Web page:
Emily LakdawallaSep 02, 2008

Rosetta's zeroing in on Steins

As of midnight last night (UTC, so that's about 17 hours ago now) ESA's Rosetta spacecraft has all its science instruments on, getting ready for its first close encounter with an asteroid. The closest approach to 2867 Steins happens at 18:37 UTC on Friday, September 5, at a distance of 800 kilometers. It's still too early for the spacecraft to actually be gathering much in the way of scientific data on the asteroid; currently it's warming up and calibrating its instruments, getting ready for the action-packed encounter. Meanwhile, the OSIRIS and navigational cameras have been snapping images of the asteroid -- still an unresolved point of light -- for a month.ESA's blog is now live, with posts about the upcoming encounter; I'll be watching that and the Rosetta website for news, and reporting it here, all week. I'll also watch Daniel Muller's website for a realtime countdown of events. I understand that the first images are planned to be released (assuming all goes well) on Saturday, September 6, at a press event at the European Space Operations Centre at 12:40 CEST (10:40 UTC); hopefully they'll be released on the Internet concurrently with that, and I'll find them when I wake up on Saturday morning. In the meantime, I'll repost my science timeline here.

Aug 4
OSIRIS and NAVCAM begin optical navigation campaign
Sep 1
Other science instruments switched on
Initially, the other science instruments will be occupied with calibration, decontamination, and other "warming-up" routines. Meanwhile, the cameras will continue taking images for optical navigation purposes.
Sep 2
Trajectory Correction Maneuver
This and the following two maneuvers may be canceled if optical navigation results indicate that the spacecraft is on the proper course for the encounter.
Sep 4
Trajectory Correction Maneuver
16:00End optical navigation campaign
The data must be returned to Earth quickly if the final Trajectory Correction Maneuver is to be performed.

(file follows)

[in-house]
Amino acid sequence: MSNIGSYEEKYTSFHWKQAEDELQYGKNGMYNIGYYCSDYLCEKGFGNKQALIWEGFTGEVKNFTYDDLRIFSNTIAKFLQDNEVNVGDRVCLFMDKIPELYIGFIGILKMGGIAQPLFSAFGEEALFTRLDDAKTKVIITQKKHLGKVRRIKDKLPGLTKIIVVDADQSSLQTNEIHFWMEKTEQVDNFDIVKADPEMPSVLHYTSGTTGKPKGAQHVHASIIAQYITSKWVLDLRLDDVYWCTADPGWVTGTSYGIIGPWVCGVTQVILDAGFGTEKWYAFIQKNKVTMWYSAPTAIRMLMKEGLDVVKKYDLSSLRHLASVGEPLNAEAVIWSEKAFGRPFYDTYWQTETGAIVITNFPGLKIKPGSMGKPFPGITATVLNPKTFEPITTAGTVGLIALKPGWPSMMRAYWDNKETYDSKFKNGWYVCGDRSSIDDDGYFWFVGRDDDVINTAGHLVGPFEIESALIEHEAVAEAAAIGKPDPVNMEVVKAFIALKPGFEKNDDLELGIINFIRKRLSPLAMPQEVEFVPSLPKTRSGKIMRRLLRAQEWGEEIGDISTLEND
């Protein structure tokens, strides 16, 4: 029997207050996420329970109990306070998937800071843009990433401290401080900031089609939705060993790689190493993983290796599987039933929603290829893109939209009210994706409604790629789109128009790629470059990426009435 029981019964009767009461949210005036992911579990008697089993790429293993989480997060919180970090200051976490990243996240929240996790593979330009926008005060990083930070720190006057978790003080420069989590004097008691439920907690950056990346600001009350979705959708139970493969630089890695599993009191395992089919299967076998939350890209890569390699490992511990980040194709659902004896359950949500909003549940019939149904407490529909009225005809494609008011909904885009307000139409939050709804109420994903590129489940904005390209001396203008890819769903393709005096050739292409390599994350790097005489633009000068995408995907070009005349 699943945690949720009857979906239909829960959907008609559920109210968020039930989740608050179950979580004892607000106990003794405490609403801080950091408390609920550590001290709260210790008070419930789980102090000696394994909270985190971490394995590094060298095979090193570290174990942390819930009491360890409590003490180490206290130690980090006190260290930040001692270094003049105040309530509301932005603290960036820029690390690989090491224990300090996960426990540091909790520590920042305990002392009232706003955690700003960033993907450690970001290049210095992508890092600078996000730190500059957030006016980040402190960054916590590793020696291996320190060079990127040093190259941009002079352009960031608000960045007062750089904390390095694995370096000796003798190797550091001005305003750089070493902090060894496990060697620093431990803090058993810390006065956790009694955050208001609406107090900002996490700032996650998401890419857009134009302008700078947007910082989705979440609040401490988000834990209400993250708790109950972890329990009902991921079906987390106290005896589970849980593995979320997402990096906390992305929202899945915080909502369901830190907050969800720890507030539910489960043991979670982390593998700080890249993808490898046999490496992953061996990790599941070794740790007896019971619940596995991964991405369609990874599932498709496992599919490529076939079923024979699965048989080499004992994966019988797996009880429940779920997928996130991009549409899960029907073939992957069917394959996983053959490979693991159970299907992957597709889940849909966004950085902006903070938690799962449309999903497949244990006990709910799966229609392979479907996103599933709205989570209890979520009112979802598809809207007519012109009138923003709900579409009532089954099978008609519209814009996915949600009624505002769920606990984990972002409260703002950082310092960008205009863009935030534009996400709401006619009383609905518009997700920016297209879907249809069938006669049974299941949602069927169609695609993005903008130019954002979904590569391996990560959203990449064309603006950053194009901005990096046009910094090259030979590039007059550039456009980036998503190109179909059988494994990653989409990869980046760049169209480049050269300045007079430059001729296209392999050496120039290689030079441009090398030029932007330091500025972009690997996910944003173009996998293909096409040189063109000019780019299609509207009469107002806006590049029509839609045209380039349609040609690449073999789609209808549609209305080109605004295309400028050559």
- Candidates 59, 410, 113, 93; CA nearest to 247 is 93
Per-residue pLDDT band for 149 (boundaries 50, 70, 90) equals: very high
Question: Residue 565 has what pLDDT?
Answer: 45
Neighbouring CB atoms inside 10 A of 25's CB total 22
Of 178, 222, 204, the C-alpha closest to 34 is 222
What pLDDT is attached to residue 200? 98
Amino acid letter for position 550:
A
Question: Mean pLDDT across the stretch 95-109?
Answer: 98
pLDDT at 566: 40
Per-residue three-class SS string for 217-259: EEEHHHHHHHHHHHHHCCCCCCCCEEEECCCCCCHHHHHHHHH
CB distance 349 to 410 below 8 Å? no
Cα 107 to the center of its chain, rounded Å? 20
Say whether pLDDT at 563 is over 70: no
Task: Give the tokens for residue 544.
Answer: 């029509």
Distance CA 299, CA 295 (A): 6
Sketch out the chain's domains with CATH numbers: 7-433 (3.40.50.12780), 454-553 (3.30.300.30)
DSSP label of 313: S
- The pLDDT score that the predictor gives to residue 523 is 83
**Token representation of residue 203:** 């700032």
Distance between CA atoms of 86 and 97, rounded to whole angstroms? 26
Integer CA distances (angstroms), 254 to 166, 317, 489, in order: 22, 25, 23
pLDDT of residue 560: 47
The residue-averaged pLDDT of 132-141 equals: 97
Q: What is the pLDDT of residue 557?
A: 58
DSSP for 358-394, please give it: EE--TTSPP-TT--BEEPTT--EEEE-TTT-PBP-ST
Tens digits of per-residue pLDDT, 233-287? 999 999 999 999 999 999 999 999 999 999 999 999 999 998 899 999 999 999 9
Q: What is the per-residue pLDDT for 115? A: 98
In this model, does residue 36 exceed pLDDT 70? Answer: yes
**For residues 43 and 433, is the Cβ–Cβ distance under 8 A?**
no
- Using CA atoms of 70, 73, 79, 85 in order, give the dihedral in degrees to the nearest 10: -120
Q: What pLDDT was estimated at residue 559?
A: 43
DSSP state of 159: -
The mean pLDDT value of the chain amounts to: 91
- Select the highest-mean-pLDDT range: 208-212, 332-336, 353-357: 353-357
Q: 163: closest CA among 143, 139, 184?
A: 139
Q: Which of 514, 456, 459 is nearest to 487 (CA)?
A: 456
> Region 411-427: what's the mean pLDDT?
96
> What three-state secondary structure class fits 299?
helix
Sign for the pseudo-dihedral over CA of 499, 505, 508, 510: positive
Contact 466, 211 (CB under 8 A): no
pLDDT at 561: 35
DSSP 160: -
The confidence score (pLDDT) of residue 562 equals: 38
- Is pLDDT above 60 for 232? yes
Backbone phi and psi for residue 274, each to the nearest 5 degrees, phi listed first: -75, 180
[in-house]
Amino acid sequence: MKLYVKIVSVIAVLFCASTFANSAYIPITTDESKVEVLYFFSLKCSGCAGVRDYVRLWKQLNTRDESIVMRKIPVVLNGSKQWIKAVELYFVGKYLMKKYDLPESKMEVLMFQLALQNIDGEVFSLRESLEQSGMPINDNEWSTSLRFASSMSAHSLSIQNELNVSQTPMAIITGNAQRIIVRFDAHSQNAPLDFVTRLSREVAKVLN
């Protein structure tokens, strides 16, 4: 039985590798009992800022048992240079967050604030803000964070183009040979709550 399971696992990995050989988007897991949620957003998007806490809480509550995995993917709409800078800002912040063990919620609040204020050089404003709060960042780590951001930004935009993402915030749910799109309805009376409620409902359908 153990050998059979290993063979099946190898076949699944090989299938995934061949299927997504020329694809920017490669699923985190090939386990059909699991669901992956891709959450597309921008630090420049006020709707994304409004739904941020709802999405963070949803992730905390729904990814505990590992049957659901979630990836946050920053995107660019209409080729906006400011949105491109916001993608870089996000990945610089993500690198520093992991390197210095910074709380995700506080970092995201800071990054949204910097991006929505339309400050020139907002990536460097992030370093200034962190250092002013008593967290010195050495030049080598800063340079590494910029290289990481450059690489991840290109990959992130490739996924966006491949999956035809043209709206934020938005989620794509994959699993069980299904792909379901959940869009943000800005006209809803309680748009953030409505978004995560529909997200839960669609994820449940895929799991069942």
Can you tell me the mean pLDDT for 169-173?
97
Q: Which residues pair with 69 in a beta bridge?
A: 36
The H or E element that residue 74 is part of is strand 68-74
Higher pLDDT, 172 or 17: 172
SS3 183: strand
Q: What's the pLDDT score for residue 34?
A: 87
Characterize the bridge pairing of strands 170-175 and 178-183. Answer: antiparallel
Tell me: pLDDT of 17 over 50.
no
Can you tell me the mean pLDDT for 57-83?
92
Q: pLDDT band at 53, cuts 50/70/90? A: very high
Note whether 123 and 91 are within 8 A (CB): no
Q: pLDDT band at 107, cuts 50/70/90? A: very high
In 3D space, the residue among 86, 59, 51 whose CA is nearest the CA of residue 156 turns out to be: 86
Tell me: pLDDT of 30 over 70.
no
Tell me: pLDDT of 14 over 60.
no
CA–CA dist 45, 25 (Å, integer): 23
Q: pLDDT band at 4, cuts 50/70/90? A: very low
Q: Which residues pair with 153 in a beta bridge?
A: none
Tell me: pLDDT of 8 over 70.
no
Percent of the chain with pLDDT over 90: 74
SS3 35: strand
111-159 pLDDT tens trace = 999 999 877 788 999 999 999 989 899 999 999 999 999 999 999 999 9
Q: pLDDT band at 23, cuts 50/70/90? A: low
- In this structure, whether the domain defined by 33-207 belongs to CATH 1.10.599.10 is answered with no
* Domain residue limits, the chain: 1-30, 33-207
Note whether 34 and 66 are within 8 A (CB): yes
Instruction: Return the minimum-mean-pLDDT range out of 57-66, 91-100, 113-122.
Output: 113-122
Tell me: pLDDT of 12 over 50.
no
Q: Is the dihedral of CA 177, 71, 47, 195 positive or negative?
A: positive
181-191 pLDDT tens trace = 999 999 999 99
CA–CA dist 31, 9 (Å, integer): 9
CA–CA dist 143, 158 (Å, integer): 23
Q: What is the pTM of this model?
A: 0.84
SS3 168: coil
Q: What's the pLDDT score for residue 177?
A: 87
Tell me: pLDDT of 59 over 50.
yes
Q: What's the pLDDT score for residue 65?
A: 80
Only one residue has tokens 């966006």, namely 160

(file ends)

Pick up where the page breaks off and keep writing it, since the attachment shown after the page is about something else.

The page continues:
Sep 5
Trajectory Correction Maneuver
08:00Attempt to put cameras into tracking mode
17:57Begin spacecraft flip
The spacecraft must rotate into a particular orientation in order to track Steins throughout the flyby while also keeping sensitive parts of the Philae lander out of direct solar illumination. The flip takes about 20 minutes to complete; during this time, the cameras should still be tracking the asteroid.
18:18Entry into Asteroid Fly-By Mode
The spacecraft will now perform automatic tracking of the asteroid based upon information from the navigation cameras.
18:27End telemetry from Rosetta
The geometry of the flyby will result in the spacecraft's high-gain antenna pointing away from Earth. Earth will be out of communication with Rosetta for about an hour.
18:35Rosetta views Steins at "zero phase"
Rosetta will pass almost directly between the Sun and Steins, an unusual geometry that provides immensely valuable data on the way that the asteroid's surface reflects sunlight. The entire "globe" of Steins will be fully lit by the Sun.
18:37Asteroid (2867) Steins Closest Approach (800 kilometers)
19:37End Asteroid Fly-By Mode; start high-gain antenna rotation
Control of the spacecraft's orientation will be handed back from the optical navigation system to the spacecraft's internal sequences. At the same time, the high-gain antenna will begin to rotate back towards Earth. The rotation will take 25 minutes to complete. It is possible that the spacecraft will remain out of communication with Earth for 22 of those minutes, until 22:02.
20:25Resume telemetry transmission with Earth
NASA's Goldstone radio antenna will receive Rosetta's communications.
21:25Earliest possible start of scientific data reception on Earth
The first five hours of downlink will contain data from the OSIRIS and VIRTIS instruments. Then two more hours of VIRTIS, followed by data from the rest of the science instruments.
Sep 6
End first downlink

From September 6 to 14, there will be daily communications passes with ESA's New Norcia station and NASA's Goldstone station to relay more data from the encounter. After that, communications passes continue with the New Norcia station only through October 5.

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